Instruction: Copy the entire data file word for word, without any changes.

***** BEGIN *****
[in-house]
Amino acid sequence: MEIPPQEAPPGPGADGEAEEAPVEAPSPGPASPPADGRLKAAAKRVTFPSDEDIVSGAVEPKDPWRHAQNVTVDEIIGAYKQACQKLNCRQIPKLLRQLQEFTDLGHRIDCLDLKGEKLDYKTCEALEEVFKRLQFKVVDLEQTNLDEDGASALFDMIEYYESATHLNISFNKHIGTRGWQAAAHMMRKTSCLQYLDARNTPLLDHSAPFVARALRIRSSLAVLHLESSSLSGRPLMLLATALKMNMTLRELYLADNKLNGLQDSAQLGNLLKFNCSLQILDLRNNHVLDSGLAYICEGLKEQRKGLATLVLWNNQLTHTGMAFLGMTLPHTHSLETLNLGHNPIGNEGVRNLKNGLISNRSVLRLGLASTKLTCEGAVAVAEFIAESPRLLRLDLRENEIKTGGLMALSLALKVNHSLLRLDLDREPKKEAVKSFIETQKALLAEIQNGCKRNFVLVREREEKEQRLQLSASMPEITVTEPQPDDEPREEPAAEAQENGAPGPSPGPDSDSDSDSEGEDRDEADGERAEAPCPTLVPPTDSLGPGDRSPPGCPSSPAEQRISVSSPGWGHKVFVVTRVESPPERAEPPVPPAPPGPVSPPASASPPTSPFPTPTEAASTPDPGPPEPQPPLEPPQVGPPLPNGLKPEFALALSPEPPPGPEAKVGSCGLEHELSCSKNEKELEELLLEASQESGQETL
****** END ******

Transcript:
[in-house]
Amino acid sequence: MEIPPQEAPPGPGADGEAEEAPVEAPSPGPASPPADGRLKAAAKRVTFPSDEDIVSGAVEPKDPWRHAQNVTVDEIIGAYKQACQKLNCRQIPKLLRQLQEFTDLGHRIDCLDLKGEKLDYKTCEALEEVFKRLQFKVVDLEQTNLDEDGASALFDMIEYYESATHLNISFNKHIGTRGWQAAAHMMRKTSCLQYLDARNTPLLDHSAPFVARALRIRSSLAVLHLESSSLSGRPLMLLATALKMNMTLRELYLADNKLNGLQDSAQLGNLLKFNCSLQILDLRNNHVLDSGLAYICEGLKEQRKGLATLVLWNNQLTHTGMAFLGMTLPHTHSLETLNLGHNPIGNEGVRNLKNGLISNRSVLRLGLASTKLTCEGAVAVAEFIAESPRLLRLDLRENEIKTGGLMALSLALKVNHSLLRLDLDREPKKEAVKSFIETQKALLAEIQNGCKRNFVLVREREEKEQRLQLSASMPEITVTEPQPDDEPREEPAAEAQENGAPGPSPGPDSDSDSDSEGEDRDEADGERAEAPCPTLVPPTDSLGPGDRSPPGCPSSPAEQRISVSSPGWGHKVFVVTRVESPPERAEPPVPPAPPGPVSPPASASPPTSPFPTPTEAASTPDPGPPEPQPPLEPPQVGPPLPNGLKPEFALALSPEPPPGPEAKVGSCGLEHELSCSKNEKELEELLLEASQESGQETL